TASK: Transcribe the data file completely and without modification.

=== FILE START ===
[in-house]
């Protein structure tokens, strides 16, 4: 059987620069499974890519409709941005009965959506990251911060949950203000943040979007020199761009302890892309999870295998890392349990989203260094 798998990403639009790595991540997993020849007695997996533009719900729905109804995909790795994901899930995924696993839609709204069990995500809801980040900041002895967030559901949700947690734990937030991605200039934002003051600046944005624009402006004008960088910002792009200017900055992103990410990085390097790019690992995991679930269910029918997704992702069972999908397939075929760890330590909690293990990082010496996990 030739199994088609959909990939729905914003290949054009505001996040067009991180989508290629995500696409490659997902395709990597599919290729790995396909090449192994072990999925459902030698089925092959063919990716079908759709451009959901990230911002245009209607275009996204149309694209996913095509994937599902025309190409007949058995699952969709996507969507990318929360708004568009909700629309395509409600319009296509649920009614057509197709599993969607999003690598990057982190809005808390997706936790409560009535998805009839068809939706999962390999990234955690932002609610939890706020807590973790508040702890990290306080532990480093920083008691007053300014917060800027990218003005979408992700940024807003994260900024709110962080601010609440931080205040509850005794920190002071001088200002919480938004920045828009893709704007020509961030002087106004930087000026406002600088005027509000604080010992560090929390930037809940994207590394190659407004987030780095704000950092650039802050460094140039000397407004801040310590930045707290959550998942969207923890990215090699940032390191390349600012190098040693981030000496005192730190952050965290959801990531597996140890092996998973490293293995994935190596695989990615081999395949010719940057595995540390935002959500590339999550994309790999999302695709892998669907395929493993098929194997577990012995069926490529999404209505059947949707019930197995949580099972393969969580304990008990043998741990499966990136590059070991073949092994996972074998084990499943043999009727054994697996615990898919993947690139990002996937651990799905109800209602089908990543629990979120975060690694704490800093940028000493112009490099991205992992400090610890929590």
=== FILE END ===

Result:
[in-house]
């Protein structure tokens, strides 16, 4: 059987620069499974890519409709941005009965959506990251911060949950203000943040979007020199761009302890892309999870295998890392349990989203260094 798998990403639009790595991540997993020849007695997996533009719900729905109804995909790795994901899930995924696993839609709204069990995500809801980040900041002895967030559901949700947690734990937030991605200039934002003051600046944005624009402006004008960088910002792009200017900055992103990410990085390097790019690992995991679930269910029918997704992702069972999908397939075929760890330590909690293990990082010496996990 030739199994088609959909990939729905914003290949054009505001996040067009991180989508290629995500696409490659997902395709990597599919290729790995396909090449192994072990999925459902030698089925092959063919990716079908759709451009959901990230911002245009209607275009996204149309694209996913095509994937599902025309190409007949058995699952969709996507969507990318929360708004568009909700629309395509409600319009296509649920009614057509197709599993969607999003690598990057982190809005808390997706936790409560009535998805009839068809939706999962390999990234955690932002609610939890706020807590973790508040702890990290306080532990480093920083008691007053300014917060800027990218003005979408992700940024807003994260900024709110962080601010609440931080205040509850005794920190002071001088200002919480938004920045828009893709704007020509961030002087106004930087000026406002600088005027509000604080010992560090929390930037809940994207590394190659407004987030780095704000950092650039802050460094140039000397407004801040310590930045707290959550998942969207923890990215090699940032390191390349600012190098040693981030000496005192730190952050965290959801990531597996140890092996998973490293293995994935190596695989990615081999395949010719940057595995540390935002959500590339999550994309790999999302695709892998669907395929493993098929194997577990012995069926490529999404209505059947949707019930197995949580099972393969969580304990008990043998741990499966990136590059070991073949092994996972074998084990499943043999009727054994697996615990898919993947690139990002996937651990799905109800209602089908990543629990979120975060690694704490800093940028000493112009490099991205992992400090610890929590």